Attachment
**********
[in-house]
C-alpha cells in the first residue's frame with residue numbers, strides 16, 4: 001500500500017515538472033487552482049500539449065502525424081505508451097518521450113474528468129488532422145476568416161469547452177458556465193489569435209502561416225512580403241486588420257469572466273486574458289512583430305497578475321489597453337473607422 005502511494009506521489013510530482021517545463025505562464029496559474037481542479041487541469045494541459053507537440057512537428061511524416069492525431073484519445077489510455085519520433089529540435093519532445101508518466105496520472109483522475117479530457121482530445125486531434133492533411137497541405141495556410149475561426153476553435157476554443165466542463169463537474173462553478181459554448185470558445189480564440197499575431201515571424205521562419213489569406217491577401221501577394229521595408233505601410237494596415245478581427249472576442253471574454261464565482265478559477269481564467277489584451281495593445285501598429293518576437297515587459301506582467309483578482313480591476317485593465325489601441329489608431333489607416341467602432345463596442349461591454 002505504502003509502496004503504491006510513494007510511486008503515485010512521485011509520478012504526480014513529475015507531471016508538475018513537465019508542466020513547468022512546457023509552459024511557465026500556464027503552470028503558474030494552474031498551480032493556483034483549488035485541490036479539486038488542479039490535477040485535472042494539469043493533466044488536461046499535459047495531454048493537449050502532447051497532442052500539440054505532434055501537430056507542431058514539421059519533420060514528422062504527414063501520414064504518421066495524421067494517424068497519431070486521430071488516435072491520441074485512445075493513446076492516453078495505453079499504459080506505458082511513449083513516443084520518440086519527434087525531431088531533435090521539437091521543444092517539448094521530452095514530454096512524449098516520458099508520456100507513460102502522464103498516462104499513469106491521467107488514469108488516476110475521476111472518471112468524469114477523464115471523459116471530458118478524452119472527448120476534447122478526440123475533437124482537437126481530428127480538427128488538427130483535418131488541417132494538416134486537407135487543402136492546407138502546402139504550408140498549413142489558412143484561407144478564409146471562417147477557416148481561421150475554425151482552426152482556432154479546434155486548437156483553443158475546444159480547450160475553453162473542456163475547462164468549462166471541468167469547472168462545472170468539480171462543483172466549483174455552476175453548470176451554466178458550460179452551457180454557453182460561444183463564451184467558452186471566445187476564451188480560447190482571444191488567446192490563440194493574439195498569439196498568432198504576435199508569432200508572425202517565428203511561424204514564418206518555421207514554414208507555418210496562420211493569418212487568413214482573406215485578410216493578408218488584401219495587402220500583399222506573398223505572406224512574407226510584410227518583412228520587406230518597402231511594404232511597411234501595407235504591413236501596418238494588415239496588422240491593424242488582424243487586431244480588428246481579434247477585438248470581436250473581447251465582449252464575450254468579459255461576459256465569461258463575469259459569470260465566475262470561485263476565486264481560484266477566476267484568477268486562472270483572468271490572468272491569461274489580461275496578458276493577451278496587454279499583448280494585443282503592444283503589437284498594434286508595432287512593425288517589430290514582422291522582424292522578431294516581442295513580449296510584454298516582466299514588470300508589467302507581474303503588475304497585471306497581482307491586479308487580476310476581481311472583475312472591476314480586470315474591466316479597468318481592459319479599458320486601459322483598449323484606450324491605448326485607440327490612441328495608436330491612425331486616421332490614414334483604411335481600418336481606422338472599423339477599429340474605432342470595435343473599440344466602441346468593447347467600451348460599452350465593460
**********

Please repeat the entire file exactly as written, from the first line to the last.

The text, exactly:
[in-house]
C-alpha cells in the first residue's frame with residue numbers, strides 16, 4: 001500500500017515538472033487552482049500539449065502525424081505508451097518521450113474528468129488532422145476568416161469547452177458556465193489569435209502561416225512580403241486588420257469572466273486574458289512583430305497578475321489597453337473607422 005502511494009506521489013510530482021517545463025505562464029496559474037481542479041487541469045494541459053507537440057512537428061511524416069492525431073484519445077489510455085519520433089529540435093519532445101508518466105496520472109483522475117479530457121482530445125486531434133492533411137497541405141495556410149475561426153476553435157476554443165466542463169463537474173462553478181459554448185470558445189480564440197499575431201515571424205521562419213489569406217491577401221501577394229521595408233505601410237494596415245478581427249472576442253471574454261464565482265478559477269481564467277489584451281495593445285501598429293518576437297515587459301506582467309483578482313480591476317485593465325489601441329489608431333489607416341467602432345463596442349461591454 002505504502003509502496004503504491006510513494007510511486008503515485010512521485011509520478012504526480014513529475015507531471016508538475018513537465019508542466020513547468022512546457023509552459024511557465026500556464027503552470028503558474030494552474031498551480032493556483034483549488035485541490036479539486038488542479039490535477040485535472042494539469043493533466044488536461046499535459047495531454048493537449050502532447051497532442052500539440054505532434055501537430056507542431058514539421059519533420060514528422062504527414063501520414064504518421066495524421067494517424068497519431070486521430071488516435072491520441074485512445075493513446076492516453078495505453079499504459080506505458082511513449083513516443084520518440086519527434087525531431088531533435090521539437091521543444092517539448094521530452095514530454096512524449098516520458099508520456100507513460102502522464103498516462104499513469106491521467107488514469108488516476110475521476111472518471112468524469114477523464115471523459116471530458118478524452119472527448120476534447122478526440123475533437124482537437126481530428127480538427128488538427130483535418131488541417132494538416134486537407135487543402136492546407138502546402139504550408140498549413142489558412143484561407144478564409146471562417147477557416148481561421150475554425151482552426152482556432154479546434155486548437156483553443158475546444159480547450160475553453162473542456163475547462164468549462166471541468167469547472168462545472170468539480171462543483172466549483174455552476175453548470176451554466178458550460179452551457180454557453182460561444183463564451184467558452186471566445187476564451188480560447190482571444191488567446192490563440194493574439195498569439196498568432198504576435199508569432200508572425202517565428203511561424204514564418206518555421207514554414208507555418210496562420211493569418212487568413214482573406215485578410216493578408218488584401219495587402220500583399222506573398223505572406224512574407226510584410227518583412228520587406230518597402231511594404232511597411234501595407235504591413236501596418238494588415239496588422240491593424242488582424243487586431244480588428246481579434247477585438248470581436250473581447251465582449252464575450254468579459255461576459256465569461258463575469259459569470260465566475262470561485263476565486264481560484266477566476267484568477268486562472270483572468271490572468272491569461274489580461275496578458276493577451278496587454279499583448280494585443282503592444283503589437284498594434286508595432287512593425288517589430290514582422291522582424292522578431294516581442295513580449296510584454298516582466299514588470300508589467302507581474303503588475304497585471306497581482307491586479308487580476310476581481311472583475312472591476314480586470315474591466316479597468318481592459319479599458320486601459322483598449323484606450324491605448326485607440327490612441328495608436330491612425331486616421332490614414334483604411335481600418336481606422338472599423339477599429340474605432342470595435343473599440344466602441346468593447347467600451348460599452350465593460